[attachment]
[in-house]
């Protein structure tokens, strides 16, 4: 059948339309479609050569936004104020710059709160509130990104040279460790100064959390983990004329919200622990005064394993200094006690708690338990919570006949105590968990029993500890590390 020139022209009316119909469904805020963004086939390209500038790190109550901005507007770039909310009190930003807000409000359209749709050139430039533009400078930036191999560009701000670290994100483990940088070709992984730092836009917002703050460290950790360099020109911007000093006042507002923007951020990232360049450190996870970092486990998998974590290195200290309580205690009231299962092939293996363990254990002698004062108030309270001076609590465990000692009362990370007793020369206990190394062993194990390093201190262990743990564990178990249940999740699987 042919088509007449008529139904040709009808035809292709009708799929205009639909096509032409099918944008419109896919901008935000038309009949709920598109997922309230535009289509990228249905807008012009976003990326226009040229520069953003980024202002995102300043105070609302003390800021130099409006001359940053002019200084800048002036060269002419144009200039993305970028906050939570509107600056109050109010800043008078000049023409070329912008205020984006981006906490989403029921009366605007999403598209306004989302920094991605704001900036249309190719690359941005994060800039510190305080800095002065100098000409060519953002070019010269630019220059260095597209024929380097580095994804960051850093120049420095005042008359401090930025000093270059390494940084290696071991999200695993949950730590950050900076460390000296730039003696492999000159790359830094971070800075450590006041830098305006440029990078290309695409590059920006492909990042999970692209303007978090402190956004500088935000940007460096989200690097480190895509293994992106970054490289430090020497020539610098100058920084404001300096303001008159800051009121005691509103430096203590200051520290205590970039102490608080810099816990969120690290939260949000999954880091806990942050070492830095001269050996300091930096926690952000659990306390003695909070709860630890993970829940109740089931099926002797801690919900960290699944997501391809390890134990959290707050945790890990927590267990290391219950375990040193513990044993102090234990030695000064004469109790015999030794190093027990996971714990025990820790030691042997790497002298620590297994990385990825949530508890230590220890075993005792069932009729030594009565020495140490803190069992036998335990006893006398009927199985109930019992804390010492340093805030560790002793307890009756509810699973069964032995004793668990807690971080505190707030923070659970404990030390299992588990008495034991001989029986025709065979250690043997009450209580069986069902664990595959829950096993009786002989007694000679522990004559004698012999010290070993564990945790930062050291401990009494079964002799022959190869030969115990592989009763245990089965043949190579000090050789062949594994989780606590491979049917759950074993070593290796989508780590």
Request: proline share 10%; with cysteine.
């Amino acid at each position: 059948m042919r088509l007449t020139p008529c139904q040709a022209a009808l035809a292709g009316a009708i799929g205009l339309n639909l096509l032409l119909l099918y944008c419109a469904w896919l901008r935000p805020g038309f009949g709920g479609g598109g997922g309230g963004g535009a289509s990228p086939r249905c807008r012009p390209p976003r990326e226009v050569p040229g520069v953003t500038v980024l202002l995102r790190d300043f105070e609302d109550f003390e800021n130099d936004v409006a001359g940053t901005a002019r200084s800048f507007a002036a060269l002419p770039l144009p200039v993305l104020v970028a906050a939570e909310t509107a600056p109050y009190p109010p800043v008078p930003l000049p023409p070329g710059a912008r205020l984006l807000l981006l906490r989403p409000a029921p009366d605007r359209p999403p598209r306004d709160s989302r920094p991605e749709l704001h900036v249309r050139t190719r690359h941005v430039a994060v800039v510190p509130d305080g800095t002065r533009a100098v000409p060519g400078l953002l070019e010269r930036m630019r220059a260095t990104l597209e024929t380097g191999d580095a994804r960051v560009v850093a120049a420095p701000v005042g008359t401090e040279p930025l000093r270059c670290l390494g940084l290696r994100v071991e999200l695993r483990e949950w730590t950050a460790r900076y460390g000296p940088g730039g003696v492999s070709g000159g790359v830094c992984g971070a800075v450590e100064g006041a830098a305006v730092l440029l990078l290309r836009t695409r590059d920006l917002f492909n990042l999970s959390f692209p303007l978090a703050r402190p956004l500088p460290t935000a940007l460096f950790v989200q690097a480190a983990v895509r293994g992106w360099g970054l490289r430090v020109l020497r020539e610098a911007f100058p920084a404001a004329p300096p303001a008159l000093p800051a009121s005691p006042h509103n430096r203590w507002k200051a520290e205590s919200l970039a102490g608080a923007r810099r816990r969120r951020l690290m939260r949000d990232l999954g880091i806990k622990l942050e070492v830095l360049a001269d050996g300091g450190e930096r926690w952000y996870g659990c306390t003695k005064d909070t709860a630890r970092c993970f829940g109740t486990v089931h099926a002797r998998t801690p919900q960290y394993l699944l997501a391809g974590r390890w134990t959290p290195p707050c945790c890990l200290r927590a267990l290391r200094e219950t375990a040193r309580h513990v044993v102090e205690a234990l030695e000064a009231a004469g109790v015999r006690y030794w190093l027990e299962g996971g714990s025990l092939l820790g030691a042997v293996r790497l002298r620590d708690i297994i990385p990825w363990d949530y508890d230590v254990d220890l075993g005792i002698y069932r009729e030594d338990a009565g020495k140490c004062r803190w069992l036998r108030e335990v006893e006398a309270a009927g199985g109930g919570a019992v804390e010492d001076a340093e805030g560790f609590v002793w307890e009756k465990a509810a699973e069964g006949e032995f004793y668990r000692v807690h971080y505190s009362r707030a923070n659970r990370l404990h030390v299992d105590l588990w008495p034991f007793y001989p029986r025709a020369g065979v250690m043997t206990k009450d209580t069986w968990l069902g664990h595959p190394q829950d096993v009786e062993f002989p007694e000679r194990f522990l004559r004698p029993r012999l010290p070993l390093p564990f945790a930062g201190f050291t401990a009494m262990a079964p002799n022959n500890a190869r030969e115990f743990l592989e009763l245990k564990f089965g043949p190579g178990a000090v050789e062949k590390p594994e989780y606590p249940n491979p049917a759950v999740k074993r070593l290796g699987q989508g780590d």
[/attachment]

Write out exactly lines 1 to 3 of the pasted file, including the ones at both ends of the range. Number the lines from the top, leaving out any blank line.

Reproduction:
[in-house]
């Protein structure tokens, strides 16, 4: 059948339309479609050569936004104020710059709160509130990104040279460790100064959390983990004329919200622990005064394993200094006690708690338990919570006949105590968990029993500890590390 020139022209009316119909469904805020963004086939390209500038790190109550901005507007770039909310009190930003807000409000359209749709050139430039533009400078930036191999560009701000670290994100483990940088070709992984730092836009917002703050460290950790360099020109911007000093006042507002923007951020990232360049450190996870970092486990998998974590290195200290309580205690009231299962092939293996363990254990002698004062108030309270001076609590465990000692009362990370007793020369206990190394062993194990390093201190262990743990564990178990249940999740699987 042919088509007449008529139904040709009808035809292709009708799929205009639909096509032409099918944008419109896919901008935000038309009949709920598109997922309230535009289509990228249905807008012009976003990326226009040229520069953003980024202002995102300043105070609302003390800021130099409006001359940053002019200084800048002036060269002419144009200039993305970028906050939570509107600056109050109010800043008078000049023409070329912008205020984006981006906490989403029921009366605007999403598209306004989302920094991605704001900036249309190719690359941005994060800039510190305080800095002065100098000409060519953002070019010269630019220059260095597209024929380097580095994804960051850093120049420095005042008359401090930025000093270059390494940084290696071991999200695993949950730590950050900076460390000296730039003696492999000159790359830094971070800075450590006041830098305006440029990078290309695409590059920006492909990042999970692209303007978090402190956004500088935000940007460096989200690097480190895509293994992106970054490289430090020497020539610098100058920084404001300096303001008159800051009121005691509103430096203590200051520290205590970039102490608080810099816990969120690290939260949000999954880091806990942050070492830095001269050996300091930096926690952000659990306390003695909070709860630890993970829940109740089931099926002797801690919900960290699944997501391809390890134990959290707050945790890990927590267990290391219950375990040193513990044993102090234990030695000064004469109790015999030794190093027990996971714990025990820790030691042997790497002298620590297994990385990825949530508890230590220890075993005792069932009729030594009565020495140490803190069992036998335990006893006398009927199985109930019992804390010492340093805030560790002793307890009756509810699973069964032995004793668990807690971080505190707030923070659970404990030390299992588990008495034991001989029986025709065979250690043997009450209580069986069902664990595959829950096993009786002989007694000679522990004559004698012999010290070993564990945790930062050291401990009494079964002799022959190869030969115990592989009763245990089965043949190579000090050789062949594994989780606590491979049917759950074993070593290796989508780590």
Request: proline share 10%; with cysteine.